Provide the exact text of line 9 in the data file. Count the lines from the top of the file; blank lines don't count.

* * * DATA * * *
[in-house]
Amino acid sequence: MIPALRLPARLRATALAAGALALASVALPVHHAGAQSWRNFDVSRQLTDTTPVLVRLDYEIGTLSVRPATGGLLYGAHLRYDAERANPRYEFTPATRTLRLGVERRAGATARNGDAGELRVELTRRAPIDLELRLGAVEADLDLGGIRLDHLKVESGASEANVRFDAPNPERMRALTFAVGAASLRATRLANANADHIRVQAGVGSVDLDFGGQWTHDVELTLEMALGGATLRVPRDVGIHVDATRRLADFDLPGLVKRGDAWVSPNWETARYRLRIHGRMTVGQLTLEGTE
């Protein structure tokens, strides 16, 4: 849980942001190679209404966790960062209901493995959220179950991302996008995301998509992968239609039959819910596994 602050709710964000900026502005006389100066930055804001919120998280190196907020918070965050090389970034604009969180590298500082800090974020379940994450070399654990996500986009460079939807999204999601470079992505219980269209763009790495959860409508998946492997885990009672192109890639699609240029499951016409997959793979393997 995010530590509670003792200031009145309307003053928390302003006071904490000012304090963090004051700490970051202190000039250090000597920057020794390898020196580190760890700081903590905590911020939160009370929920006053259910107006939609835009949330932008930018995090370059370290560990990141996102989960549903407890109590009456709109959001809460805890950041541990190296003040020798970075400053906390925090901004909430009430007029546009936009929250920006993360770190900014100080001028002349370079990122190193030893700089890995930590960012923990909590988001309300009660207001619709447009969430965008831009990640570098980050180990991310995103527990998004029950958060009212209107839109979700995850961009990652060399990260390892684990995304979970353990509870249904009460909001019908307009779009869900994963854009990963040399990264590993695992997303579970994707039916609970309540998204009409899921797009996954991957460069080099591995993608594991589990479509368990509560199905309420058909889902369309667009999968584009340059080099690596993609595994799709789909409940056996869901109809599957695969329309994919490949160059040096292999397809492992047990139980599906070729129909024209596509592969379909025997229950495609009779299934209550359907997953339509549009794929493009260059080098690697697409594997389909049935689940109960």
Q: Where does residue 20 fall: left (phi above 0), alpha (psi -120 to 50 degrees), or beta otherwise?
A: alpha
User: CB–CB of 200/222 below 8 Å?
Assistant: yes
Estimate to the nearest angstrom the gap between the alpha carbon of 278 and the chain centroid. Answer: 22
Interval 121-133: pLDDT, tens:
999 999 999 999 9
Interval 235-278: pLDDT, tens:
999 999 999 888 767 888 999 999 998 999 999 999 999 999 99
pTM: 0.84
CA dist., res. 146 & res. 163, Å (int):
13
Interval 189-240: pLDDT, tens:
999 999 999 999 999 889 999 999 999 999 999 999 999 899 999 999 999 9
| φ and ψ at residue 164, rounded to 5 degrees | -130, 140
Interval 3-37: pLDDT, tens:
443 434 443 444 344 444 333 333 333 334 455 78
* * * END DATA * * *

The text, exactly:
Interval 121-133: pLDDT, tens: